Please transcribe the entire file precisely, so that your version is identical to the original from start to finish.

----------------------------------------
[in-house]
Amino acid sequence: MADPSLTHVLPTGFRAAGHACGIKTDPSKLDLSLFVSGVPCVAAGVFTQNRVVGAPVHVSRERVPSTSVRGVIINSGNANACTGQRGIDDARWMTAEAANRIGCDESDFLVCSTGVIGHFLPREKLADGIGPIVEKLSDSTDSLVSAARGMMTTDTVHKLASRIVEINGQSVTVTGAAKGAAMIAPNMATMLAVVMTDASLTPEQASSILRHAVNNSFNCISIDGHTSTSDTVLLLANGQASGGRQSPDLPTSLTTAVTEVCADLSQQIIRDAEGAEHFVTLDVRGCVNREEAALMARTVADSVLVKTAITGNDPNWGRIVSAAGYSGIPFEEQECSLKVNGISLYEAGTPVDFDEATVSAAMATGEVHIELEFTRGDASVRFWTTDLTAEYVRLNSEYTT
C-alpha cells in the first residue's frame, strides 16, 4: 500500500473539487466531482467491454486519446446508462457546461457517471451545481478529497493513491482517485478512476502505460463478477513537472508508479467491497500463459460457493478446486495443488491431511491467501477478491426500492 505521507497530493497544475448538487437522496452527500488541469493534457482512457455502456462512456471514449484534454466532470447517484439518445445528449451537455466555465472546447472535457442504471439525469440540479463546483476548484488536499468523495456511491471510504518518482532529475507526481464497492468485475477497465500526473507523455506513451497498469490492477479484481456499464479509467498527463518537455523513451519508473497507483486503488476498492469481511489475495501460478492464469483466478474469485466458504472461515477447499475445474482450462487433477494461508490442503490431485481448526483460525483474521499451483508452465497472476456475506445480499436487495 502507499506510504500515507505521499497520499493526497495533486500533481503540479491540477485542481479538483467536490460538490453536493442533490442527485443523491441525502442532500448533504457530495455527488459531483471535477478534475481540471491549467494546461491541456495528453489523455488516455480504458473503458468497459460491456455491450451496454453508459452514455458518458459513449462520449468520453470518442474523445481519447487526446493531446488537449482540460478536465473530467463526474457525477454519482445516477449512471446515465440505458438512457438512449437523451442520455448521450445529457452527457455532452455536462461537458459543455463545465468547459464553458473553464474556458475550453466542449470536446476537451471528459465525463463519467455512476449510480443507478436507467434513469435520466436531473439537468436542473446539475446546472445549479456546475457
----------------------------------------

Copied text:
[in-house]
Amino acid sequence: MADPSLTHVLPTGFRAAGHACGIKTDPSKLDLSLFVSGVPCVAAGVFTQNRVVGAPVHVSRERVPSTSVRGVIINSGNANACTGQRGIDDARWMTAEAANRIGCDESDFLVCSTGVIGHFLPREKLADGIGPIVEKLSDSTDSLVSAARGMMTTDTVHKLASRIVEINGQSVTVTGAAKGAAMIAPNMATMLAVVMTDASLTPEQASSILRHAVNNSFNCISIDGHTSTSDTVLLLANGQASGGRQSPDLPTSLTTAVTEVCADLSQQIIRDAEGAEHFVTLDVRGCVNREEAALMARTVADSVLVKTAITGNDPNWGRIVSAAGYSGIPFEEQECSLKVNGISLYEAGTPVDFDEATVSAAMATGEVHIELEFTRGDASVRFWTTDLTAEYVRLNSEYTT
C-alpha cells in the first residue's frame, strides 16, 4: 500500500473539487466531482467491454486519446446508462457546461457517471451545481478529497493513491482517485478512476502505460463478477513537472508508479467491497500463459460457493478446486495443488491431511491467501477478491426500492 505521507497530493497544475448538487437522496452527500488541469493534457482512457455502456462512456471514449484534454466532470447517484439518445445528449451537455466555465472546447472535457442504471439525469440540479463546483476548484488536499468523495456511491471510504518518482532529475507526481464497492468485475477497465500526473507523455506513451497498469490492477479484481456499464479509467498527463518537455523513451519508473497507483486503488476498492469481511489475495501460478492464469483466478474469485466458504472461515477447499475445474482450462487433477494461508490442503490431485481448526483460525483474521499451483508452465497472476456475506445480499436487495 502507499506510504500515507505521499497520499493526497495533486500533481503540479491540477485542481479538483467536490460538490453536493442533490442527485443523491441525502442532500448533504457530495455527488459531483471535477478534475481540471491549467494546461491541456495528453489523455488516455480504458473503458468497459460491456455491450451496454453508459452514455458518458459513449462520449468520453470518442474523445481519447487526446493531446488537449482540460478536465473530467463526474457525477454519482445516477449512471446515465440505458438512457438512449437523451442520455448521450445529457452527457455532452455536462461537458459543455463545465468547459464553458473553464474556458475550453466542449470536446476537451471528459465525463463519467455512476449510480443507478436507467434513469435520466436531473439537468436542473446539475446546472445549479456546475457